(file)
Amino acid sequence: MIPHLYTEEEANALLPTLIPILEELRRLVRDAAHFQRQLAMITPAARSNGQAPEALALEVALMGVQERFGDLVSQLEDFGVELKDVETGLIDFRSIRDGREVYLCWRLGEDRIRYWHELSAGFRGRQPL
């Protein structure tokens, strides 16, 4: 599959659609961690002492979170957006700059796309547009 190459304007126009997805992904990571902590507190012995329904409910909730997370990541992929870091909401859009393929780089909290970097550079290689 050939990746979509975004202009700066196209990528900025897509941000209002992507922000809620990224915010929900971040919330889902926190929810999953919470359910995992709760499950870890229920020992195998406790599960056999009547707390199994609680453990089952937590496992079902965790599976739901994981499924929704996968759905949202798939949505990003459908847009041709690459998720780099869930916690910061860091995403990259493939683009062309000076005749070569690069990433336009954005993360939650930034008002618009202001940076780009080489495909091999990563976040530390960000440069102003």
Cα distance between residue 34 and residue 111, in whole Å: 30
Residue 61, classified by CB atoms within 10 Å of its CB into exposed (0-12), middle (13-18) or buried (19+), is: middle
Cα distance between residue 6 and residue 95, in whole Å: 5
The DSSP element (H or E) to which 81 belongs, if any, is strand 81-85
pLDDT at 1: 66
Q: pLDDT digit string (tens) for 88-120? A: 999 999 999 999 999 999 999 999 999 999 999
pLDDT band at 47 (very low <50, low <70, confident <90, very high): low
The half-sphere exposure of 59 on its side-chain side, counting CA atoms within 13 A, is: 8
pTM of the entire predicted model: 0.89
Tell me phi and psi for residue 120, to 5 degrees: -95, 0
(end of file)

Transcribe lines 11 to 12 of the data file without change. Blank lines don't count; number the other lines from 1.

pTM of the entire predicted model: 0.89
Tell me phi and psi for residue 120, to 5 degrees: -95, 0